Health-Promotive Building Design - Exploring perspectives on building design for health promotion in healthcare settings
Doctoral thesis, 2020

This thesis explores perspectives on health promotion in healthcare settings from a building design perspective, i.e., health-promotive building design (HPBD). The results may contribute to discussions of the role of healthcare building design to support health promotion in healthcare (HPH) and thereby contribute to the development of healthier and more equitable communities.
Currently, healthcare organisations are encouraged to introduce health promotion approaches and develop HPH. The research suggests that the introduction of new healthcare procedures, such as health promotion, can lead to new demands for the built environment. The previous research also shows that the design aspects of healthcare buildings can actively support treatment, protect health, and prevent disease for diverse building users. However, there is limited research with a particular focus on healthcare building design in relation to health promotion or HPH. It is thus crucial that those involved in the design process become familiar with health promotion and HPH and be able to design high-quality healthcare buildings.
Health promotion can be defined as ‘the process of enabling people to increase control over and improve their health’. Nevertheless, there are many definitions and interpretations of health promotion that depend on the context in which it is used as well as the disciplines of the people involved. While health promotion has gained attention from healthcare architects, it is unclear how health promotion is actually understood by those involved in the healthcare building design process and how they translate health promotion goals into design objectives.
The first two studies in this thesis therefore explored descriptions of health promotion in the context of the healthcare building design literature (study 1) and practice (study 2). Health promotion in healthcare settings generally refers to organisations expanding their traditional focus on the treatment of disease to include a focus on the health development of all building users, the local population and the environment. The development of HPH involves diverse practices such as changes in the built environment. However, a small number of studies have focused particularly on the built environment in relation to HPH. The last two studies in this thesis therefore focused on exploring descriptions of the built environment in the context of HPH.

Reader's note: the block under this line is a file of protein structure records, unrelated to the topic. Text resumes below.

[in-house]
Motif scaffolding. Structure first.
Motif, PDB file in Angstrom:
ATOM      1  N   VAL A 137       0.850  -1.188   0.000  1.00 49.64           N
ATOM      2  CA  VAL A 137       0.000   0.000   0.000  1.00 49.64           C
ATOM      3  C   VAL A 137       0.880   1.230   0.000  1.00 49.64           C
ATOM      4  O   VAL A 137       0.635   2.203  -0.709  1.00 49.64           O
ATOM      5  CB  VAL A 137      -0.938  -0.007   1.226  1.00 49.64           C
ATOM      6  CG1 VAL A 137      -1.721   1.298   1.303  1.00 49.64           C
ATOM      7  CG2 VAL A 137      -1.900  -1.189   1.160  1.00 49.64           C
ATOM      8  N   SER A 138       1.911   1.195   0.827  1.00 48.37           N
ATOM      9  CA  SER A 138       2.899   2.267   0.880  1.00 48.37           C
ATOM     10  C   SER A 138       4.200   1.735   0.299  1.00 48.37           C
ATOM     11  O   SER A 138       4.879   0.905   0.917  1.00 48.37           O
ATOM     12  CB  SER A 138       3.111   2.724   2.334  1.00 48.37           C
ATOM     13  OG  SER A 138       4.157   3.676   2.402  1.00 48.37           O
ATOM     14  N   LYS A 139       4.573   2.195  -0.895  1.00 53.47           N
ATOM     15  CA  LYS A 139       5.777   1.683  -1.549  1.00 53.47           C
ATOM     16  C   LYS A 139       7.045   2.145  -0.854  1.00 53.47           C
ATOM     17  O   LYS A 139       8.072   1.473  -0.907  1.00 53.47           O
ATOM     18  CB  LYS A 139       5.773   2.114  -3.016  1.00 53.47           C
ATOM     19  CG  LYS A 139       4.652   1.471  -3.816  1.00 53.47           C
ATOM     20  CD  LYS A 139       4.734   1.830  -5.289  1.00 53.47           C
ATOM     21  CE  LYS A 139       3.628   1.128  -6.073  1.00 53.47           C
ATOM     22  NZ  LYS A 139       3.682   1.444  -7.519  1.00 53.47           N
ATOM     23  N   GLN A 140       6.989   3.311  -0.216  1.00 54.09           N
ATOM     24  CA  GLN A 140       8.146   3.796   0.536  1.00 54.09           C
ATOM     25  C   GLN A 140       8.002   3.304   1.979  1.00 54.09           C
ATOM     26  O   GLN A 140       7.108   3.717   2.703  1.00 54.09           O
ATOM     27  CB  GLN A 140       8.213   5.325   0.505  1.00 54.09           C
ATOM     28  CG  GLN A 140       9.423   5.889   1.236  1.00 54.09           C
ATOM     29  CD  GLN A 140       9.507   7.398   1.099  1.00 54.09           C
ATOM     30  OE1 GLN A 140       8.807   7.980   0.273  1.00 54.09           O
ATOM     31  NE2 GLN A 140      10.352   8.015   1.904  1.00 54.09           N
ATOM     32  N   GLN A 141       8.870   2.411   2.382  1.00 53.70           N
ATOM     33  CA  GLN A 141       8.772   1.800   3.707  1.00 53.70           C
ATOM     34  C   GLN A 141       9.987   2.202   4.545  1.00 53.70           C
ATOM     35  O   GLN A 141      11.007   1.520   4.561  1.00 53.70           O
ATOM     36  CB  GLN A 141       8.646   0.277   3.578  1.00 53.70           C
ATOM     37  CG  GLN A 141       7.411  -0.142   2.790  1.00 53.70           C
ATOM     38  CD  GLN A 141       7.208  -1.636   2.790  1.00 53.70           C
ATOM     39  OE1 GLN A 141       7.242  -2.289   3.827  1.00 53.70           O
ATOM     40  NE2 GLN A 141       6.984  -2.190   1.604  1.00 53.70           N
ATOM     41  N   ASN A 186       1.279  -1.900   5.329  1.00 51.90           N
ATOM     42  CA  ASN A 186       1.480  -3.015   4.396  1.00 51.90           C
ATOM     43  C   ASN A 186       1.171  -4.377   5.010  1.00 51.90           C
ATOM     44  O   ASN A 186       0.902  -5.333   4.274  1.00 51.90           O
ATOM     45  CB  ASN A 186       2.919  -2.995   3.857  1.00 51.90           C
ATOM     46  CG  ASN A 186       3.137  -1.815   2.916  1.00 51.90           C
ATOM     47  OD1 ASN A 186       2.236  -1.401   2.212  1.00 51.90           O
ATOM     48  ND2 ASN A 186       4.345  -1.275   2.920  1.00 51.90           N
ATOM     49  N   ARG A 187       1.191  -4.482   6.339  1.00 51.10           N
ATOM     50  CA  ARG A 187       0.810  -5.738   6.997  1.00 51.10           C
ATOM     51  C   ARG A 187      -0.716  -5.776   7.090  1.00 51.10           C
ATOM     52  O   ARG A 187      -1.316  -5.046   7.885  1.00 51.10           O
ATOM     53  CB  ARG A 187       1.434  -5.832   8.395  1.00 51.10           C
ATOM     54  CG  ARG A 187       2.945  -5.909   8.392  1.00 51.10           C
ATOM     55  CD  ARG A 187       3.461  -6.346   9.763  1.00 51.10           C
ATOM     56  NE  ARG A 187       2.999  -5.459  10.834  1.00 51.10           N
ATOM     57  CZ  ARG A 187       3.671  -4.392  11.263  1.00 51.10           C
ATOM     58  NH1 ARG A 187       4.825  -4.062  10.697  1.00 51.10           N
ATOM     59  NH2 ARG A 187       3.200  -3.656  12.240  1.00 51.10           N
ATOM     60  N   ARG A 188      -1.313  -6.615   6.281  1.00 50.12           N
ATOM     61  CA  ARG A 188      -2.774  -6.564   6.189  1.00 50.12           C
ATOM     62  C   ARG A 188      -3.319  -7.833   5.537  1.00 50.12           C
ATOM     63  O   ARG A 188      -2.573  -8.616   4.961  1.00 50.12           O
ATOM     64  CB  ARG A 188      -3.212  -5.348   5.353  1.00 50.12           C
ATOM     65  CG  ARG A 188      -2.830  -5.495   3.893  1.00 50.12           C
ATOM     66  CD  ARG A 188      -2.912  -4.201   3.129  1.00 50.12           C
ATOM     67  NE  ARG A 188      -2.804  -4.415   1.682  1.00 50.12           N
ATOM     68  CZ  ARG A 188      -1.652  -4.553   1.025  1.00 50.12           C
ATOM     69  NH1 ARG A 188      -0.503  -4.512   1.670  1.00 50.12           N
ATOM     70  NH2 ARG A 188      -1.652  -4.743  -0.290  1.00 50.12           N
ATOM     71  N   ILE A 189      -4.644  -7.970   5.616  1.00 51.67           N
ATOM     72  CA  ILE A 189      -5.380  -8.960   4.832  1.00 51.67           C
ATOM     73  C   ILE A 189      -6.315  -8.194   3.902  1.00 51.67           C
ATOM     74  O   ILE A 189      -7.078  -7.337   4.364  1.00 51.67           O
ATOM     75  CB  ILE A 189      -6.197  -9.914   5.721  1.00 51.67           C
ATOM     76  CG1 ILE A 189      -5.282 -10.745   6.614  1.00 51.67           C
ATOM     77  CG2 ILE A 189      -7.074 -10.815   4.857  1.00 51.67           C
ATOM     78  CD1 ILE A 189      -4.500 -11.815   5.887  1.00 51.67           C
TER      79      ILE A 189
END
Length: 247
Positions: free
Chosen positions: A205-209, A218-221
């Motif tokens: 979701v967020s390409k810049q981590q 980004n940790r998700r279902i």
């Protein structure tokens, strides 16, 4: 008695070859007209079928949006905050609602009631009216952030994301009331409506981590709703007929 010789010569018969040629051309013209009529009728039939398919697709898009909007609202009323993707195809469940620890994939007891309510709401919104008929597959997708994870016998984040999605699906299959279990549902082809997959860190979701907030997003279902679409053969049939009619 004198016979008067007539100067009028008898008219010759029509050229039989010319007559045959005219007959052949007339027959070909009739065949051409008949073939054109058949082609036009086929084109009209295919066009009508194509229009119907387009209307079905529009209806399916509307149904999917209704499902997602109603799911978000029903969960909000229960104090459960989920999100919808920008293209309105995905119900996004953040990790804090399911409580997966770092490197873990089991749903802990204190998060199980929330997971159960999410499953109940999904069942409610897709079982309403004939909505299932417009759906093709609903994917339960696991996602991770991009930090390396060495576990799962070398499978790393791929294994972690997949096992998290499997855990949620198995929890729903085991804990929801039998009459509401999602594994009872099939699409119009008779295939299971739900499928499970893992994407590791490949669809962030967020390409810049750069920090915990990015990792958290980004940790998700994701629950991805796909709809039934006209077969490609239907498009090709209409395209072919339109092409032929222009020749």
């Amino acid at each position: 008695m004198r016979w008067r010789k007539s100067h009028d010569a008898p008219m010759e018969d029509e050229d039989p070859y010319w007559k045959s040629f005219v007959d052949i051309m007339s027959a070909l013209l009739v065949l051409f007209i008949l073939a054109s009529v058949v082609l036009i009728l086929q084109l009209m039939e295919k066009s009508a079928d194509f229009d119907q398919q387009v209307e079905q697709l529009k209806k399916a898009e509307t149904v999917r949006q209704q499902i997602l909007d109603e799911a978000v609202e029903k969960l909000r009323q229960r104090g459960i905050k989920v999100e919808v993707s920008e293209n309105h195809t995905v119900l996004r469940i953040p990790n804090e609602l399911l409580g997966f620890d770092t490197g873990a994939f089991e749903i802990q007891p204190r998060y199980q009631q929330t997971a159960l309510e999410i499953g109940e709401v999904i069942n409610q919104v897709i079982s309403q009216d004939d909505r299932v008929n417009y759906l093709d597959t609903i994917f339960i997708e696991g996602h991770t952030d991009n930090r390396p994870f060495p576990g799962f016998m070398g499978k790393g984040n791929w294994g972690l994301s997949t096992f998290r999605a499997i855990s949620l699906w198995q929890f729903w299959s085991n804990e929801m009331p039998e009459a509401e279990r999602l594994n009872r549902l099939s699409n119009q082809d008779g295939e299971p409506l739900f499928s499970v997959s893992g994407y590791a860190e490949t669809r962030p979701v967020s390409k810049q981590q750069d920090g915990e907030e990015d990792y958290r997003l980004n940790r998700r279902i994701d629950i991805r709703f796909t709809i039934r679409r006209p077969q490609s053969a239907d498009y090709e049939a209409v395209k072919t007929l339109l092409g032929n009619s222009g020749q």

For this thesis, an explorative research design was adopted based upon a multi-perspective approach including (1) a literature perspective, (2) a design practice perspective, (3) an HPH network perspective and (4) an HPH organisation perspective. The data were collected through literature reviews, documentation, semi-structured interviews and online surveys.
The combined work revealed diverse descriptions of health promotion in relation to healthcare building design in terms of (1) definitions of health promotion, (2) health-promotive perspectives, and (3) different targeted populations. The results also showed multiple descriptions of the built environment as a factor for health promotion including (4) expressions related to the built environment, (5) indications of places where health promotion can happen, (6) design features characterising HPBDs, and (7) design strategies to develop HPBDs.
The findings show that the research on the design of health-promotive built environments is in its early stage of development. The results indicate that the vocabulary for describing building design, health promotion and healthcare settings is diverse and inconsistent and that none of the health-promotive perspectives considers all dimensions of health promotion or HPH. What is more problematic is that the diverse health-promotive descriptions have led to different, even conflicting, demands for building design.